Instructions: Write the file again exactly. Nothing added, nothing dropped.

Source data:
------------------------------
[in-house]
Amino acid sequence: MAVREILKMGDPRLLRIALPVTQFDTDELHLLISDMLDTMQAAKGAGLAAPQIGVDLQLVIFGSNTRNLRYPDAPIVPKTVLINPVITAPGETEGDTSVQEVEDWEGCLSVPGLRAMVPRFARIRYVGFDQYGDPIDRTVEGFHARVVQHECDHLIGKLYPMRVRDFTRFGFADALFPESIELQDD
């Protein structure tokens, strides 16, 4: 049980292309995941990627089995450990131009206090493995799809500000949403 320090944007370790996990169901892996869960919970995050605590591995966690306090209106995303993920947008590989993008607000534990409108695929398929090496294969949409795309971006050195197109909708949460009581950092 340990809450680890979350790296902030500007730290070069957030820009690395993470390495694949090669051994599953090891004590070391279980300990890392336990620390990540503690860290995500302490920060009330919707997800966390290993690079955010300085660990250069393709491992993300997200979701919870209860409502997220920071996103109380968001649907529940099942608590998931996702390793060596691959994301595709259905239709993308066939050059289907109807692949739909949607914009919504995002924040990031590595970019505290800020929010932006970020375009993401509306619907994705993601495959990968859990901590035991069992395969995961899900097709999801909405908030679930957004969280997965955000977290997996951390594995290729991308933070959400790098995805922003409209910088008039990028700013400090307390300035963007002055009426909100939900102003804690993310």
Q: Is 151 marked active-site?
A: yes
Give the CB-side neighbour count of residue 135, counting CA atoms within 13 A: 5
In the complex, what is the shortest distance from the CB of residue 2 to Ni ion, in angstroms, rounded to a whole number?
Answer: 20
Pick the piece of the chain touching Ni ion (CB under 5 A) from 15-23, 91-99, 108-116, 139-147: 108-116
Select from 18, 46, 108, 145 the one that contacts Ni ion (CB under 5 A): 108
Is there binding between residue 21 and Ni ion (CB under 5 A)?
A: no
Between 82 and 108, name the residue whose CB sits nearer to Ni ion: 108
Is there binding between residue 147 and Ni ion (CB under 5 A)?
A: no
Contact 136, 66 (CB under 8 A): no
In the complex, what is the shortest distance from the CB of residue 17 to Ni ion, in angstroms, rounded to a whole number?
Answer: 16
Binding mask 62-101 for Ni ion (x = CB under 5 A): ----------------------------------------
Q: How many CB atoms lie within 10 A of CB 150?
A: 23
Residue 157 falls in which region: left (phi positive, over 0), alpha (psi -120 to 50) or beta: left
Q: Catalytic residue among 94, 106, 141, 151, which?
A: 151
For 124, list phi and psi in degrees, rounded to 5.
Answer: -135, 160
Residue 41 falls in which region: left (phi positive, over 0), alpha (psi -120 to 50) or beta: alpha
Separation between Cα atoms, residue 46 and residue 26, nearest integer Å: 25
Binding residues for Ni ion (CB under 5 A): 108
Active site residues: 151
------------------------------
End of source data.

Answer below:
[in-house]
Amino acid sequence: MAVREILKMGDPRLLRIALPVTQFDTDELHLLISDMLDTMQAAKGAGLAAPQIGVDLQLVIFGSNTRNLRYPDAPIVPKTVLINPVITAPGETEGDTSVQEVEDWEGCLSVPGLRAMVPRFARIRYVGFDQYGDPIDRTVEGFHARVVQHECDHLIGKLYPMRVRDFTRFGFADALFPESIELQDD
């Protein structure tokens, strides 16, 4: 049980292309995941990627089995450990131009206090493995799809500000949403 320090944007370790996990169901892996869960919970995050605590591995966690306090209106995303993920947008590989993008607000534990409108695929398929090496294969949409795309971006050195197109909708949460009581950092 340990809450680890979350790296902030500007730290070069957030820009690395993470390495694949090669051994599953090891004590070391279980300990890392336990620390990540503690860290995500302490920060009330919707997800966390290993690079955010300085660990250069393709491992993300997200979701919870209860409502997220920071996103109380968001649907529940099942608590998931996702390793060596691959994301595709259905239709993308066939050059289907109807692949739909949607914009919504995002924040990031590595970019505290800020929010932006970020375009993401509306619907994705993601495959990968859990901590035991069992395969995961899900097709999801909405908030679930957004969280997965955000977290997996951390594995290729991308933070959400790098995805922003409209910088008039990028700013400090307390300035963007002055009426909100939900102003804690993310």
Q: Is 151 marked active-site?
A: yes
Give the CB-side neighbour count of residue 135, counting CA atoms within 13 A: 5
In the complex, what is the shortest distance from the CB of residue 2 to Ni ion, in angstroms, rounded to a whole number?
Answer: 20
Pick the piece of the chain touching Ni ion (CB under 5 A) from 15-23, 91-99, 108-116, 139-147: 108-116
Select from 18, 46, 108, 145 the one that contacts Ni ion (CB under 5 A): 108
Is there binding between residue 21 and Ni ion (CB under 5 A)?
A: no
Between 82 and 108, name the residue whose CB sits nearer to Ni ion: 108
Is there binding between residue 147 and Ni ion (CB under 5 A)?
A: no
Contact 136, 66 (CB under 8 A): no
In the complex, what is the shortest distance from the CB of residue 17 to Ni ion, in angstroms, rounded to a whole number?
Answer: 16
Binding mask 62-101 for Ni ion (x = CB under 5 A): ----------------------------------------
Q: How many CB atoms lie within 10 A of CB 150?
A: 23
Residue 157 falls in which region: left (phi positive, over 0), alpha (psi -120 to 50) or beta: left
Q: Catalytic residue among 94, 106, 141, 151, which?
A: 151
For 124, list phi and psi in degrees, rounded to 5.
Answer: -135, 160
Residue 41 falls in which region: left (phi positive, over 0), alpha (psi -120 to 50) or beta: alpha
Separation between Cα atoms, residue 46 and residue 26, nearest integer Å: 25
Binding residues for Ni ion (CB under 5 A): 108
Active site residues: 151